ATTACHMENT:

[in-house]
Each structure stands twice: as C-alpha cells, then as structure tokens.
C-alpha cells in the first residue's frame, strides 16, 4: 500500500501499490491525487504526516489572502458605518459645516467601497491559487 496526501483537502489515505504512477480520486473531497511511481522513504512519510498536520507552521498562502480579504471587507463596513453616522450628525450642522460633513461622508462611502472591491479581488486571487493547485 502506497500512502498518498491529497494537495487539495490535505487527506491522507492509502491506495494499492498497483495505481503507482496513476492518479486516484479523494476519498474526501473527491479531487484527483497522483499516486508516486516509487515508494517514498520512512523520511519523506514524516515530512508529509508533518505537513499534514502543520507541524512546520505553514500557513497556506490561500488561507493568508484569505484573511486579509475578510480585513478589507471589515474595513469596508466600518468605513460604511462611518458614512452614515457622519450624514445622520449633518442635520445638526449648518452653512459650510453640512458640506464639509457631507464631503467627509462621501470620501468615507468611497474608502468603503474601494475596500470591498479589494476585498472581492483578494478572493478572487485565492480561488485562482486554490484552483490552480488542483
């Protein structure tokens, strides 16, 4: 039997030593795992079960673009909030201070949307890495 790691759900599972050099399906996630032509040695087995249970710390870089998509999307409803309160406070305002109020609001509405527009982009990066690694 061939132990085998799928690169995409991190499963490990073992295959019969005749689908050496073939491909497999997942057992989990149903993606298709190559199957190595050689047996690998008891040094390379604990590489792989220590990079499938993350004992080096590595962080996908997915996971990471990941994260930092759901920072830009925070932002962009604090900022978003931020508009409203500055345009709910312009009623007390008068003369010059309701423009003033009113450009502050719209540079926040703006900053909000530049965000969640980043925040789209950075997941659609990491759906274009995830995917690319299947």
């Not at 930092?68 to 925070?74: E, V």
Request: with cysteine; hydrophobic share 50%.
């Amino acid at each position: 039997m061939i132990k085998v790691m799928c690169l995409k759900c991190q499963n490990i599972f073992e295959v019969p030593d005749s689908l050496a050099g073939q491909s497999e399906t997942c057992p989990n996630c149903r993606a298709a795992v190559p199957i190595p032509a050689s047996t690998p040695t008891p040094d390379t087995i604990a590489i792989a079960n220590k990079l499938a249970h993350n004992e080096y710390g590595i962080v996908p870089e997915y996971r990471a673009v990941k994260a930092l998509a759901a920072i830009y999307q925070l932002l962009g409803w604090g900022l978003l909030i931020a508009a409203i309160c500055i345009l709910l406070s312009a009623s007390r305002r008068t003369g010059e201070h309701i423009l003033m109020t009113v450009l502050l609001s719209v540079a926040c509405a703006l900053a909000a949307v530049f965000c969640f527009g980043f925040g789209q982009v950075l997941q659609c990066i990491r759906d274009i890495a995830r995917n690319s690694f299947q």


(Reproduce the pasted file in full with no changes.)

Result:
[in-house]
Each structure stands twice: as C-alpha cells, then as structure tokens.
C-alpha cells in the first residue's frame, strides 16, 4: 500500500501499490491525487504526516489572502458605518459645516467601497491559487 496526501483537502489515505504512477480520486473531497511511481522513504512519510498536520507552521498562502480579504471587507463596513453616522450628525450642522460633513461622508462611502472591491479581488486571487493547485 502506497500512502498518498491529497494537495487539495490535505487527506491522507492509502491506495494499492498497483495505481503507482496513476492518479486516484479523494476519498474526501473527491479531487484527483497522483499516486508516486516509487515508494517514498520512512523520511519523506514524516515530512508529509508533518505537513499534514502543520507541524512546520505553514500557513497556506490561500488561507493568508484569505484573511486579509475578510480585513478589507471589515474595513469596508466600518468605513460604511462611518458614512452614515457622519450624514445622520449633518442635520445638526449648518452653512459650510453640512458640506464639509457631507464631503467627509462621501470620501468615507468611497474608502468603503474601494475596500470591498479589494476585498472581492483578494478572493478572487485565492480561488485562482486554490484552483490552480488542483
């Protein structure tokens, strides 16, 4: 039997030593795992079960673009909030201070949307890495 790691759900599972050099399906996630032509040695087995249970710390870089998509999307409803309160406070305002109020609001509405527009982009990066690694 061939132990085998799928690169995409991190499963490990073992295959019969005749689908050496073939491909497999997942057992989990149903993606298709190559199957190595050689047996690998008891040094390379604990590489792989220590990079499938993350004992080096590595962080996908997915996971990471990941994260930092759901920072830009925070932002962009604090900022978003931020508009409203500055345009709910312009009623007390008068003369010059309701423009003033009113450009502050719209540079926040703006900053909000530049965000969640980043925040789209950075997941659609990491759906274009995830995917690319299947």
């Not at 930092?68 to 925070?74: E, V």
Request: with cysteine; hydrophobic share 50%.
């Amino acid at each position: 039997m061939i132990k085998v790691m799928c690169l995409k759900c991190q499963n490990i599972f073992e295959v019969p030593d005749s689908l050496a050099g073939q491909s497999e399906t997942c057992p989990n996630c149903r993606a298709a795992v190559p199957i190595p032509a050689s047996t690998p040695t008891p040094d390379t087995i604990a590489i792989a079960n220590k990079l499938a249970h993350n004992e080096y710390g590595i962080v996908p870089e997915y996971r990471a673009v990941k994260a930092l998509a759901a920072i830009y999307q925070l932002l962009g409803w604090g900022l978003l909030i931020a508009a409203i309160c500055i345009l709910l406070s312009a009623s007390r305002r008068t003369g010059e201070h309701i423009l003033m109020t009113v450009l502050l609001s719209v540079a926040c509405a703006l900053a909000a949307v530049f965000c969640f527009g980043f925040g789209q982009v950075l997941q659609c990066i990491r759906d274009i890495a995830r995917n690319s690694f299947q």